WASHINGTON – A federal judge has unwittingly given the best endorsement yet to Sen. Kirsten Gillibrand’s bill to reform the military’s way of burying sex abuse cases.
Ruling on the U.S. Naval Academy’s latest rape case, Judge Ellen Hollander refused last week to remove the academy’s superintendent from controlling all of the action’s procedures over at Annapolis.
“I think for me to stick my nose in the Navy’s business right now would be a far cry from appropriate,” the Associated Press quoted Hollander as saying.
To review, the New York Democrat is campaigning for passage of her legislation to remove all direct military chain of command from making decisions on whether and how to prosecute cases of sex abuse, which is epidemic in our fighting forces. She and a near majority in the Senate want a separate military agency to do this.
The military’s status quo is right out of the Middle Ages – something resembling the Catholic bishops’ handing of pederasty scandals. Each military commander operates as his (usually) own secret prosecutor, grand jury and judge of scandals during his watch.
The current super at Annapolis is Vice Admiral Michael H. Miller, presiding for the last three years while Navy football players maintained their own off-campus rumpus room, this after a male midshipman in 2011 was convicted of raping a female student.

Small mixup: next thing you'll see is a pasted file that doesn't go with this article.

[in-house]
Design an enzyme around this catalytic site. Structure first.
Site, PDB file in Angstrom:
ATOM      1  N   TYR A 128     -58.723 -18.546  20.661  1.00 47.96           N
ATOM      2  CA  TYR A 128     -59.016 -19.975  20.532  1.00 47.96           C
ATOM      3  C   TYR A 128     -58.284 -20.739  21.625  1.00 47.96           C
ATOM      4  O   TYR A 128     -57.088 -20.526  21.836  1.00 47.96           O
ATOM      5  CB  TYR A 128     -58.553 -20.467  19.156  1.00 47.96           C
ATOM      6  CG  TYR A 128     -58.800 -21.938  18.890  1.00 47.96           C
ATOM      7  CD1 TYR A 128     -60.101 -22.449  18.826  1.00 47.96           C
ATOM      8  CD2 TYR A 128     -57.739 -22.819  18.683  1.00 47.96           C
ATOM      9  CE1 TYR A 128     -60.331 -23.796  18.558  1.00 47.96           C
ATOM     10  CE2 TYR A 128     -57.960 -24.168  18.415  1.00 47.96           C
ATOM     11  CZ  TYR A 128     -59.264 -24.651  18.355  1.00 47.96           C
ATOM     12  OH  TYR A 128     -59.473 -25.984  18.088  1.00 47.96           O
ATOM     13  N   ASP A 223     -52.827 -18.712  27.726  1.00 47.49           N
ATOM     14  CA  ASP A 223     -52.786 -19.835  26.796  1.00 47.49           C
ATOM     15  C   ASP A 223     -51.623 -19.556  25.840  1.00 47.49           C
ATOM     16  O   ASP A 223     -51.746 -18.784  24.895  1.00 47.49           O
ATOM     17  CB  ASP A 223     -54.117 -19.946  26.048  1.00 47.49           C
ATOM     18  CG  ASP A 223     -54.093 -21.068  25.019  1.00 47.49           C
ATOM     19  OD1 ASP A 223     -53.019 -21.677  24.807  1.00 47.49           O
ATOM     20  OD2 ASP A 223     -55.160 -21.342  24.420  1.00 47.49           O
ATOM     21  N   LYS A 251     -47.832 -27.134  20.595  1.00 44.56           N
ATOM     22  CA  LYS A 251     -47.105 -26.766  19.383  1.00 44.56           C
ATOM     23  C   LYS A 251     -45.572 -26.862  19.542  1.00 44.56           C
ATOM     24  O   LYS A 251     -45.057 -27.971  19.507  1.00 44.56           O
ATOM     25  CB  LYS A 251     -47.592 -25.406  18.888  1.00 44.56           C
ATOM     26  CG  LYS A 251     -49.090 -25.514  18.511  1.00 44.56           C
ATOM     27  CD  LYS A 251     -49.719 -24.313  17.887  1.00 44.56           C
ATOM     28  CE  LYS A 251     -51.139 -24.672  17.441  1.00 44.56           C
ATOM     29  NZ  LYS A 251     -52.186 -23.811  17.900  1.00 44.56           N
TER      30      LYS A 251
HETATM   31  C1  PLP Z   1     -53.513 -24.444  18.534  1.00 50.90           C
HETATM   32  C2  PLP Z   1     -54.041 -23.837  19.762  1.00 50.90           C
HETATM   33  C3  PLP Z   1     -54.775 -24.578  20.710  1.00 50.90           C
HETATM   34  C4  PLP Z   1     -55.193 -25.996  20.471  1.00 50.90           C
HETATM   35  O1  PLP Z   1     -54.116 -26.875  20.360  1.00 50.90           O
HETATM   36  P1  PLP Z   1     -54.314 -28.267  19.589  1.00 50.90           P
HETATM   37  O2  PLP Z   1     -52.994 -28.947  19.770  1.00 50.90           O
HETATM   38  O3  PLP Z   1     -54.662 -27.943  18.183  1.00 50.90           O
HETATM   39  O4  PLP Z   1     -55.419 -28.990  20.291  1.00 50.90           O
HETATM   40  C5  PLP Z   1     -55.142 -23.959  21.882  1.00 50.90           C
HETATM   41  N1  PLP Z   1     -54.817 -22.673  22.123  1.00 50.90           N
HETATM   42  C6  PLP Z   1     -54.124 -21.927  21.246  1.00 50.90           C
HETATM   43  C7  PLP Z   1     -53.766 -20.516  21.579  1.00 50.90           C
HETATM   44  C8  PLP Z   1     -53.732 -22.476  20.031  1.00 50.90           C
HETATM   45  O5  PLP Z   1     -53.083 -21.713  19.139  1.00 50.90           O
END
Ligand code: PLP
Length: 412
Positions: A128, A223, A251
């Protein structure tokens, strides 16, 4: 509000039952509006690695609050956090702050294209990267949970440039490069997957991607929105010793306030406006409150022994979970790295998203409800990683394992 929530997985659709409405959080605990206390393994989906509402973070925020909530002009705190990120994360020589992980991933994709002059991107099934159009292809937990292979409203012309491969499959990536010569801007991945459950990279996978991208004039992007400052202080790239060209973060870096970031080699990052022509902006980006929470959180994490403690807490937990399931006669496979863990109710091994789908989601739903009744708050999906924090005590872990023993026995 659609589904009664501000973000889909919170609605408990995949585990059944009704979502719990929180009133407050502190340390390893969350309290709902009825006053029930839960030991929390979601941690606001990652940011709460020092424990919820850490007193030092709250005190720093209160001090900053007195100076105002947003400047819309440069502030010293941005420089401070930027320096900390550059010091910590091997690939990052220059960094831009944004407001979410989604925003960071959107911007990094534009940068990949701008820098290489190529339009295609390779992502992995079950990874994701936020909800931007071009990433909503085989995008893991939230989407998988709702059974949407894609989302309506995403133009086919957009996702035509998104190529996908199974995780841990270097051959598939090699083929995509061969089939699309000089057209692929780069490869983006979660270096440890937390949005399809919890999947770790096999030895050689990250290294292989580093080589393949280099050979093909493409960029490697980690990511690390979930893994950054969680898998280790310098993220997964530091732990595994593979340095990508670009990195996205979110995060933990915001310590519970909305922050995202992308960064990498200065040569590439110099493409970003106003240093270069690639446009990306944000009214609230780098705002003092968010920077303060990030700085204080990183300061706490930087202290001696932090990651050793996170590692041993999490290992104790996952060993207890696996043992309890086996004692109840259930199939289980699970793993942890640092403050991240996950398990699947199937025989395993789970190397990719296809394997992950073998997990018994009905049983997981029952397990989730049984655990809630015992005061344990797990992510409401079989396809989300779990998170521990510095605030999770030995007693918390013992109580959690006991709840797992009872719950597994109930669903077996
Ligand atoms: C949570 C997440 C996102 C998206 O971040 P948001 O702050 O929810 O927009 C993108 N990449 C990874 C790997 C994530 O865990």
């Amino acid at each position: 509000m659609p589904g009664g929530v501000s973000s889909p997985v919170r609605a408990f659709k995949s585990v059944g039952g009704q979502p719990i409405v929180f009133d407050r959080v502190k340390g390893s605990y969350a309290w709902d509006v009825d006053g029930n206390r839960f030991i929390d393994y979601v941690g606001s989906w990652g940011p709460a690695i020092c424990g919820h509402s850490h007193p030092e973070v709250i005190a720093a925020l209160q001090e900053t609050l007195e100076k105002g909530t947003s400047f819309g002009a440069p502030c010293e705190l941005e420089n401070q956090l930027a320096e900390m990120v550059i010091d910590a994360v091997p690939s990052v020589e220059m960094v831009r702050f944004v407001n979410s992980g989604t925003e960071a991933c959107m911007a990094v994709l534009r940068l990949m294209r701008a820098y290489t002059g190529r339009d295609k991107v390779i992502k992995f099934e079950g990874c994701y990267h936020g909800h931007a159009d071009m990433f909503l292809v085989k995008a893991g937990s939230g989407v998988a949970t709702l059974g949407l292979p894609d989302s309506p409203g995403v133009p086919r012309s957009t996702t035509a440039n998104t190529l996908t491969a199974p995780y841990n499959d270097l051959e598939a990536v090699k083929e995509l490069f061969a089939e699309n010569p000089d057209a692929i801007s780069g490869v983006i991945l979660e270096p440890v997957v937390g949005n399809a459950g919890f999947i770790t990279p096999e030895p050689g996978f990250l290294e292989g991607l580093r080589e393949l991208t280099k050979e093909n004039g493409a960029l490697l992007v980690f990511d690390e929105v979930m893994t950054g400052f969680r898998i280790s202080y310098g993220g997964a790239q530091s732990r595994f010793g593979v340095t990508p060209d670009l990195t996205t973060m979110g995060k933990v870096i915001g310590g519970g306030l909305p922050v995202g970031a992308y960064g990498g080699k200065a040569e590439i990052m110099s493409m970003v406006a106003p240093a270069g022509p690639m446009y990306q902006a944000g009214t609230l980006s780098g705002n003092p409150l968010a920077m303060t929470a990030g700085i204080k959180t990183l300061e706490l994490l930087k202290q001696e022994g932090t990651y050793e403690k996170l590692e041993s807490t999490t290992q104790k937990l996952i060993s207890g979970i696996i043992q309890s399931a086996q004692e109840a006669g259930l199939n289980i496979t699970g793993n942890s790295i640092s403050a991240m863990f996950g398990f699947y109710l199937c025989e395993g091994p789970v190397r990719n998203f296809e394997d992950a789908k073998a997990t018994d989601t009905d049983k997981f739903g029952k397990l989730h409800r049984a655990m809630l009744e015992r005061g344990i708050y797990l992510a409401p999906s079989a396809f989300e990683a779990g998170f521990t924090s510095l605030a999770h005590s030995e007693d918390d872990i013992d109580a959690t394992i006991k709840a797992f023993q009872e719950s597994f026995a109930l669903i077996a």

After warnings from President Obama and Defense Secretary Chuck Hagel, Miller has allowed the newest rape case to go forward to court-martial. But his subordinates spent months trying to sweep the case under the rug.
Miller’s investigators, according to the Washington Post, subjected the accuser to more than 20 hours of grilling about her medical history and motivations, her dance moves and her underwear. The unnamed complainant was persuaded by friends to bring charges. While partying off campus in 2012, she became drunk and passed out. Friends and social media later told her three midshipmen football players bragged about sexually assaulting her.
Last week, a panel under Miller’s command dismissed all charges against one of the future officers, but advanced sexual assault charges against two other midshipmen, Josh Tate and Eric Graham. The accuser’s attorney, Susan Burke, said Miller has been “hostile to my client” because “he’s angry at her for speaking out.” Under Gillibrand’s bill, all cases involving the military would be referred to an independent Pentagon panel for evaluation. Under pressure from the brass’s old boy system, Senate Armed Services Chairman Carl Levin, D-Mich., trashed the measure, with a couple of machine Democrats like Sen. Claire McCaskill of Missouri backing him up.
Gillibrand hasn’t yielded, recruiting flag officers and members of the judge advocate general corps to her side. She now has 46 senators, including Sen. Charles E. Schumer, the chamber’s No. 3 Democrat, publicly endorsing the amendment to the Defense Authorization Act containing the reforms. Sen. John McCain of Arizona, a 1958 Annapolis graduate, is not among seven Republicans supporting Gillibrand.
Don’t call it a women’s bill. It reaches to the very heart and soul of our armed forces, to their sense of decency, obedience and honor – to our war fighters’ ability to win conflicts.
With the Annapolis football program now vying with Penn State University as a cave where sexual scandal found a home, the issue isn’t going away any more than the federal debt ceiling.
Gov. Andrew M. Cuomo’s tax-cutting commission: Why would a man who had worked at his father’s elbow for a decade and was attorney general need a panel to tell him the state is bloated with freeloaders in redundant levels of government and useless authorities and boards?